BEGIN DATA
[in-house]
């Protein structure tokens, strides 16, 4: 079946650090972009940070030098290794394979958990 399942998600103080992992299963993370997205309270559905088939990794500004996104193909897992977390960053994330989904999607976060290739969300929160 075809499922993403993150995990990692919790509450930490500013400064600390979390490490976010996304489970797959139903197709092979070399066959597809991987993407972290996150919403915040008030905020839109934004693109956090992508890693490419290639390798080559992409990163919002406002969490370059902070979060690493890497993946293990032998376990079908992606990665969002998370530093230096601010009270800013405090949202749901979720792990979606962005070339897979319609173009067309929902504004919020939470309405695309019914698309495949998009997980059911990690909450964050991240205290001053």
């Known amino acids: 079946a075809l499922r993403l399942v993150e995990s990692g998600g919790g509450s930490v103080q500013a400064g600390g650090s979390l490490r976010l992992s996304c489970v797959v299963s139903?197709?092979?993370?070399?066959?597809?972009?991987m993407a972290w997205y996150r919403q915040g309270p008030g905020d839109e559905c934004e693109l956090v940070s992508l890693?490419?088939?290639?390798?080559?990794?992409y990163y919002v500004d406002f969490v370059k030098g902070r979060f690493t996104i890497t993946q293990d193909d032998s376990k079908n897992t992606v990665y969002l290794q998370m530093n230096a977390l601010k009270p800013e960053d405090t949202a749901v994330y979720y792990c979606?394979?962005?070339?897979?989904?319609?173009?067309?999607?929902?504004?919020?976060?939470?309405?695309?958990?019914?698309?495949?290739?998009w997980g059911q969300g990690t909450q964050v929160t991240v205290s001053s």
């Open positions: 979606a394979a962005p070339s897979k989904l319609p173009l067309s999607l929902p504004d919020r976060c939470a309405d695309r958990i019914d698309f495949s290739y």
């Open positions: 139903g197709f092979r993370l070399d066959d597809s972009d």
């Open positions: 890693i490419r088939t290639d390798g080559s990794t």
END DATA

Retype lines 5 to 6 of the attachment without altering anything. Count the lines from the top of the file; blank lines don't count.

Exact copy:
């Open positions: 139903g197709f092979r993370l070399d066959d597809s972009d």
């Open positions: 890693i490419r088939t290639d390798g080559s990794t």